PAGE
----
What do Arnold Schwarzenegger, Sir Winston Churchill, Michael Jordan and Pierce Brosnan all have in common? No, we’re not talking fame and fortune (although the two do ring true for all,) it’s their love of puffing on a big fat cigar. From Groucho Marx to Al Capone, not forgetting Alfred Hitchcock along the way, great men and great cigars have always gone hand-in-hand.
But when a fine cigar is paired with a fine oak barrel-aged Cognac…that’s when the magic happens. That’s when Bach’s “Air On the G String” (best known to you and me as the theme tune to the iconic British “Happiness is a cigar called Hamlet” adverts from 1966-97) breaks into spontaneous play. The sheer variety of cigars and Cognacs available is mind-boggling and deciding which cigar to pair with what Cognac is a subjective matter.
Cigar aficionados spend years honing their palates and fine-tuning their preferred combinations, but for the enthusiastic amateur a good tip is to match the strength of flavor of the cigar with the strength and flavor of the Cognac, says Dawn Davies MW, buyer for The Whisky Exchange. “Cigars, like spirits, can range in flavor and different cigars will work with different spirits,” she says. “Cognac is an ideal pairing as the rich spiced notes from wood aging together with the sweetness of the spirit can handle the full flavors of the cigar.”
Inextricably linked to cigars is the island nation of Cuba, famed for its wide variety of smokes, including a myriad of limited editions or “Ediciones Limitadas.” The recent news that the U.S. and Cuba will resume diplomatic relations means one thing for many Americans: Cuban cigars. The world-class Cohiba, the more expensive of the brands, is rumored to be the cigar rolled specifically for Fidel Castro. The manufacturer’s 40th anniversary cigar, the Cohiba Behike costs $450 a piece, and these hand-rolled masterpieces should definitely catch your attention, and your lighter.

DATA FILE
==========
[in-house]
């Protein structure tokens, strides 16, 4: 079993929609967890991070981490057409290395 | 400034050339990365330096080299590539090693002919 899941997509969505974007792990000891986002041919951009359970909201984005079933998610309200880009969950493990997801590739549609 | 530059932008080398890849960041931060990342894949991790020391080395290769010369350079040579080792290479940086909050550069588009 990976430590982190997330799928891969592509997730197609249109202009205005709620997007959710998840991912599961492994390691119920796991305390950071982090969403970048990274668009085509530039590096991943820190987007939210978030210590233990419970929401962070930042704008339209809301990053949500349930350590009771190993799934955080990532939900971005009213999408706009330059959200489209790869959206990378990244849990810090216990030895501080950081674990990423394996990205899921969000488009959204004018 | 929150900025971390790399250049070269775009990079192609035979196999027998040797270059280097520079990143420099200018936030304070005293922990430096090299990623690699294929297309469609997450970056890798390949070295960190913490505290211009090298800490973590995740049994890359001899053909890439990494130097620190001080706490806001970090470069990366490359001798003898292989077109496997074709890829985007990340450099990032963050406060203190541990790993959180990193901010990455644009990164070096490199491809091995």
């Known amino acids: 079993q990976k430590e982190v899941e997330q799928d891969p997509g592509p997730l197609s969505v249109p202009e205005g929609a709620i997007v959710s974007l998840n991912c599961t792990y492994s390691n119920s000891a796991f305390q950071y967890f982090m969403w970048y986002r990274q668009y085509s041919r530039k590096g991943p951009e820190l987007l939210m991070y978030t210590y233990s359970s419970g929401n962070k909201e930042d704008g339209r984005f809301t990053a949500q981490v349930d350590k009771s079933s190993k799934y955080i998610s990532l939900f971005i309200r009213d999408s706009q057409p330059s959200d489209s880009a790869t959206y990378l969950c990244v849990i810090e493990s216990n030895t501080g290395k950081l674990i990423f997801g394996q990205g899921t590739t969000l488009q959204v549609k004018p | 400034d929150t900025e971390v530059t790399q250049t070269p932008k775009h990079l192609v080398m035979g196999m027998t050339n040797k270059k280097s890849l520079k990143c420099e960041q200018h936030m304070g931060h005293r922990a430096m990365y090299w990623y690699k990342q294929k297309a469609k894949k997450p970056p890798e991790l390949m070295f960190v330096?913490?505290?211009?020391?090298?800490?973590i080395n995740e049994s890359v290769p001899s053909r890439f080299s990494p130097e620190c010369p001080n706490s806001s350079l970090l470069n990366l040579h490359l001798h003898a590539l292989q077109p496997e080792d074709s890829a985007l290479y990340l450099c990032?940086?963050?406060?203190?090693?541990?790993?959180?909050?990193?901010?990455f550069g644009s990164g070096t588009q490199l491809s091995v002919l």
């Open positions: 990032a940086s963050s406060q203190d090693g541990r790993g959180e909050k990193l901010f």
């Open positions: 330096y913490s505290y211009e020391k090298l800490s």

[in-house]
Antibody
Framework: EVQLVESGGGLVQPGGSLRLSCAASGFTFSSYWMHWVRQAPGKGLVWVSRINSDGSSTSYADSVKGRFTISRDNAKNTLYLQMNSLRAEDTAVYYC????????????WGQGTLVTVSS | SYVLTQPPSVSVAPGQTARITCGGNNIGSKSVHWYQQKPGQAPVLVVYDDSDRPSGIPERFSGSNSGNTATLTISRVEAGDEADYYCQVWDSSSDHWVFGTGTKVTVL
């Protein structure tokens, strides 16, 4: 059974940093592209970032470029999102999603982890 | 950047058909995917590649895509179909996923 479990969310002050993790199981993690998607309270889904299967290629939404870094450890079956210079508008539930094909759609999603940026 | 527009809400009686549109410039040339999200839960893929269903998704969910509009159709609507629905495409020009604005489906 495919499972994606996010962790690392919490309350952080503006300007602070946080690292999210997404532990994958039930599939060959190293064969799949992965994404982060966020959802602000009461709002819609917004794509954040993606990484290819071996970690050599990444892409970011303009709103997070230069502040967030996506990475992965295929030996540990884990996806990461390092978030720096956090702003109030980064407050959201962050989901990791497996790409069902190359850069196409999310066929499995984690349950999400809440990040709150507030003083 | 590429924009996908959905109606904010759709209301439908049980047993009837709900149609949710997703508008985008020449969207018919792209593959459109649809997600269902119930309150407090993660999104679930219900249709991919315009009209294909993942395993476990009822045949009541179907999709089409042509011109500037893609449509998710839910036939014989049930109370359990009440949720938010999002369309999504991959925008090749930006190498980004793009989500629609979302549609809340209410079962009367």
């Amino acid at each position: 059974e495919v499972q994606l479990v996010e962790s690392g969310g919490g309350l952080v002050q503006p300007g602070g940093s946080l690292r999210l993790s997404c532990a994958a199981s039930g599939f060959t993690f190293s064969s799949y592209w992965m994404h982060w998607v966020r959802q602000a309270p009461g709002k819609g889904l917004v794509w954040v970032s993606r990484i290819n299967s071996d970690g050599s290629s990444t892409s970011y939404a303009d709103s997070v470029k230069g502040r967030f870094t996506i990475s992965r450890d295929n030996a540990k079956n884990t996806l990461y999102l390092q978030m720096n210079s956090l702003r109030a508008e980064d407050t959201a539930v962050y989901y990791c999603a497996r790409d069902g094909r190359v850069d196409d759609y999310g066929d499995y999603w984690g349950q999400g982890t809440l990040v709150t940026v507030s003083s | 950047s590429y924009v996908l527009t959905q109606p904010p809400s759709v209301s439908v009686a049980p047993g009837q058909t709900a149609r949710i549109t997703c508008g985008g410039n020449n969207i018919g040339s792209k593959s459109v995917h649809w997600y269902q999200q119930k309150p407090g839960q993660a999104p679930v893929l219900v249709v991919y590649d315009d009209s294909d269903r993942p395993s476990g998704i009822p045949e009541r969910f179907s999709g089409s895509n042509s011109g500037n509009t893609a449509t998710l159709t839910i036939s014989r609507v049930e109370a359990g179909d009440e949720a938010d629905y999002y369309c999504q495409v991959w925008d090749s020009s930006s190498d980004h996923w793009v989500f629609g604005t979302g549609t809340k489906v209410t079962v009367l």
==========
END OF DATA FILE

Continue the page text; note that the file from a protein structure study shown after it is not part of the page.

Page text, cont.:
Cuba for cigars has been likened to Napa Valley, California, for wines — a prolific hub of production thanks to its ideal growing conditions, in this case for tobacco. First timers should try something along the lines of Partagas, a strong and heavy Cuban cigar with earthy, peppery flavors blended with a robust tobacco taste; the more common Romeo y Julieta contains every flavor imaginable: floral and nutty, herbal and tangy, fruity and woody without being particularly tannic.
It’s not all about Cuba, however, so for something exceptional there is the King of Denmark, a Royal Danish Cigar made to order using the very rare Regal Blend and encrusted with Swarovski crystals, wrapped in gold foil embossed with the client’s name — it costs a mere $150 a pop. Or for the ultimate pairing, push the boat out with Gurkha’s His Majesty’s Reserve (HMR); each cigar contains 18-year-old tobacco and has been soaked in a $2,500 bottle of Louis XIII de Rémy Martin Cognac. These cigars define excess and taste at $15,000 a box or $750 for a single cigar. While there are close to 200 Cognac producers in the world, a large percentage of Cognac comes from only four: Courvoisier, Hennessy, Martell and Rémy Martin.
For a brandy to bear the name Cognac, which is protected under appellation law, it must be made from specific grapes, of which Ugni blanc (or Trebbiano), known locally as St. Émilion, is the one most widely used. The brandy must be twice distilled in copper pot stills and aged at least two years in French oak barrels made from the forests of Limousin or Tronçais. Courvoisier remains the only Cognac house to control the whole process from grape to glass, while Hennessy, the largest Cognac producer in the world, was founded in 1765. A highly regarded brand, the range stretches from VS (Very Special) to XO (Extra Old) and beyond. The prestige cuvée Richard Hennessy, which is housed in a crystal decanter, is considered to be truly exceptional, priced at $3,240 per bottle.
Cognacs blended specifically to accompany cigars usually contain XO-quality Cognacs with sufficient age to develop the cigar-friendly “rancio” traits. Cognac house Gautier even sent several of its Cognacs to Cuban cigar makers to taste and give feedback; four blends were created based on their responses. On the whole, however, it’s hard to go wrong if you pair like-for-like, says Davies: “Try a fuller XO Cognac with a more powerful flavored cigar with notes of mocha and sweet spice, such as a Cohiba Robusto, or a more delicate VSOP [Very Superior Old Pale] Cognac with a softer cigar, such as an H. Upmann Coronas Major.”